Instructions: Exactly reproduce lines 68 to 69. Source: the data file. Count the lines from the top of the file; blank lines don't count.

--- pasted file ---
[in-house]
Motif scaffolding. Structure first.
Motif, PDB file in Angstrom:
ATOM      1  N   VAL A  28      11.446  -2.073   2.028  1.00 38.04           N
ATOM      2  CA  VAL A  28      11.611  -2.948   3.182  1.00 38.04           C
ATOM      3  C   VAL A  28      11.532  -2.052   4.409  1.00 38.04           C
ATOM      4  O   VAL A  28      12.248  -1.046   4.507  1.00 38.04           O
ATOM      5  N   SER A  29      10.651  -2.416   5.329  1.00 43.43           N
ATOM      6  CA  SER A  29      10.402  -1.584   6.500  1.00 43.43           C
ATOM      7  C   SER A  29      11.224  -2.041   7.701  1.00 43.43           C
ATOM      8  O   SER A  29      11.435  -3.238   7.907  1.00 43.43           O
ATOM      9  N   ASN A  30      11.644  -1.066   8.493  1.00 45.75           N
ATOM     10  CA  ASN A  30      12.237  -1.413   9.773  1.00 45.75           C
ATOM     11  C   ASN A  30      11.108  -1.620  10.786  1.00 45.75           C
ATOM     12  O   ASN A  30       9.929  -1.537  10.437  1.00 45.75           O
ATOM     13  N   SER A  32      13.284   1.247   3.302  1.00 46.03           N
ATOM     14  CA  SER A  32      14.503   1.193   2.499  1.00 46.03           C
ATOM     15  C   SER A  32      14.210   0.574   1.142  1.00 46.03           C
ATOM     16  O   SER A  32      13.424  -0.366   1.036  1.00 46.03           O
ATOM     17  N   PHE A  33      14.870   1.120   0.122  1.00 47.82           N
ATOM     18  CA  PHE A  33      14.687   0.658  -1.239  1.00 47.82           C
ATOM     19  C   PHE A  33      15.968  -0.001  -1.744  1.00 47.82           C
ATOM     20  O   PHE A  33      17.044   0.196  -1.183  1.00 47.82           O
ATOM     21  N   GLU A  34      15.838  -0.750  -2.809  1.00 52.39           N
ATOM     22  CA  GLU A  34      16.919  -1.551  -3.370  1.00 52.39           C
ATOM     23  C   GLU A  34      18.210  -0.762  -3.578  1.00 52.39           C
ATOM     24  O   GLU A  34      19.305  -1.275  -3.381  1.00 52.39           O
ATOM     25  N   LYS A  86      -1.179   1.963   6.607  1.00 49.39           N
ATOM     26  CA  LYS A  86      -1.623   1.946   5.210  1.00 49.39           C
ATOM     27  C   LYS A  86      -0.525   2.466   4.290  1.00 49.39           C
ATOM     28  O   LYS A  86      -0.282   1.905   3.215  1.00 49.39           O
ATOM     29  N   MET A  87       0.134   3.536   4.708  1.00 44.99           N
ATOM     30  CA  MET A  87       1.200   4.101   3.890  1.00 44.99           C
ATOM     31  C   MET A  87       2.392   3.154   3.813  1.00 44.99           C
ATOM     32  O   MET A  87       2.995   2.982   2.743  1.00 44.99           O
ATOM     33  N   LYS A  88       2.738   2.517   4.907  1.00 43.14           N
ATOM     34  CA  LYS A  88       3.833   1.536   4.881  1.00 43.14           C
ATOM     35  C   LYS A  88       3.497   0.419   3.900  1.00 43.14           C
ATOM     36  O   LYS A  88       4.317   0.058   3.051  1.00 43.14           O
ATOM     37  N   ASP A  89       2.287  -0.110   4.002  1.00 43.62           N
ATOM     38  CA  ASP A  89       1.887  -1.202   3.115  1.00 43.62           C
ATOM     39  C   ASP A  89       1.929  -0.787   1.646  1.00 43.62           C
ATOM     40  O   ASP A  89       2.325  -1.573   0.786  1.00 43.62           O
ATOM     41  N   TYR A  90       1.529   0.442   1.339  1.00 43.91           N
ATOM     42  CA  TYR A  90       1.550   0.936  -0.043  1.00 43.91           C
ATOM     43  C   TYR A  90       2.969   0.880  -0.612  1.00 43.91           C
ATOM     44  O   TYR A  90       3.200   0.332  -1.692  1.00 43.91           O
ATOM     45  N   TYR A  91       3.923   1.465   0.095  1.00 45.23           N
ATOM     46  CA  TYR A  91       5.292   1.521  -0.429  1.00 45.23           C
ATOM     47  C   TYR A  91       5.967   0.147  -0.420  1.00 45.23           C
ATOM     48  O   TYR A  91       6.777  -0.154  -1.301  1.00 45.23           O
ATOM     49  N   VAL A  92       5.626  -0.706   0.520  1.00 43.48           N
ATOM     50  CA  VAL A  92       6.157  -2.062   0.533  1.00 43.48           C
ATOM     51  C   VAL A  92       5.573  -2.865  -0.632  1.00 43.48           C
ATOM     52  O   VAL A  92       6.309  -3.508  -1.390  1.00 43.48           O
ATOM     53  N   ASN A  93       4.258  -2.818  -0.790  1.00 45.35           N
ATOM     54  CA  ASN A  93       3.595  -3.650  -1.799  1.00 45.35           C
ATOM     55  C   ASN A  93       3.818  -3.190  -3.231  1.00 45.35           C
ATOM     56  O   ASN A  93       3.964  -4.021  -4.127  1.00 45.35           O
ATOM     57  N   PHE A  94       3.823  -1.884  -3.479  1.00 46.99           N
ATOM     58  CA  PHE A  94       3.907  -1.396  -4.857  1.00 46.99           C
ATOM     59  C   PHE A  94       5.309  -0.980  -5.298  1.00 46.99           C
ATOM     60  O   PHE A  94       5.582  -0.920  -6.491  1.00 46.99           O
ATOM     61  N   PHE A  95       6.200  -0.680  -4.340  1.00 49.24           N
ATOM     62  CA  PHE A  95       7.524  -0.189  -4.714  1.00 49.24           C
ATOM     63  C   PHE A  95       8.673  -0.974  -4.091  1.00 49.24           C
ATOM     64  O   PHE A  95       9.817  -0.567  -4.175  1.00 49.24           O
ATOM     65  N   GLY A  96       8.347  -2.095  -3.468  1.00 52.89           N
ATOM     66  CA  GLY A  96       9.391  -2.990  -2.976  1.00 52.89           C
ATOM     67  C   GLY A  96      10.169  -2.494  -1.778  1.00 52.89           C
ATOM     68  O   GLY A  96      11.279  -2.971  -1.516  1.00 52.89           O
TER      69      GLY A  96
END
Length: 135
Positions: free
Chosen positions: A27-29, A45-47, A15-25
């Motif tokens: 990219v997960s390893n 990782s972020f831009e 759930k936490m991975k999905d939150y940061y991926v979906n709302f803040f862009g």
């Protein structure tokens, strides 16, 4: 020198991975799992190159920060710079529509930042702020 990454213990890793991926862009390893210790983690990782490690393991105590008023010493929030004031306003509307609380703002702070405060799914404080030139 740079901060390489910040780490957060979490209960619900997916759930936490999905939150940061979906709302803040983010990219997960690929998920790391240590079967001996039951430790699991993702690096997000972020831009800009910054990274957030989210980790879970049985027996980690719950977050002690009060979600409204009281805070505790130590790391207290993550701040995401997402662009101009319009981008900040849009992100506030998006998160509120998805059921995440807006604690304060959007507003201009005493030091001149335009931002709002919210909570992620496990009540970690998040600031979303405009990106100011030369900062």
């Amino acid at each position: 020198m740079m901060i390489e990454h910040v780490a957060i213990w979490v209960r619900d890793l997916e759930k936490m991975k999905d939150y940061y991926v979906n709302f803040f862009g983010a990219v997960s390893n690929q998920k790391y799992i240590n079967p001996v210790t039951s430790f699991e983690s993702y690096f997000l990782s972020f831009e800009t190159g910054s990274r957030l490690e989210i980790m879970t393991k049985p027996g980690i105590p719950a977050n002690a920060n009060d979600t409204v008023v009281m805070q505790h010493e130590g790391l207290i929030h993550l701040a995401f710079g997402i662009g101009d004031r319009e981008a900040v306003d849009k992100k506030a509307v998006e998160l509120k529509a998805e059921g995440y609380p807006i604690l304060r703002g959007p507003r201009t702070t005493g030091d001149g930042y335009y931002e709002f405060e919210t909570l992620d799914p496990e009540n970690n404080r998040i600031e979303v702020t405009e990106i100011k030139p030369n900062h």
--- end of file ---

ATOM     65  N   GLY A  96       8.347  -2.095  -3.468  1.00 52.89           N
ATOM     66  CA  GLY A  96       9.391  -2.990  -2.976  1.00 52.89           C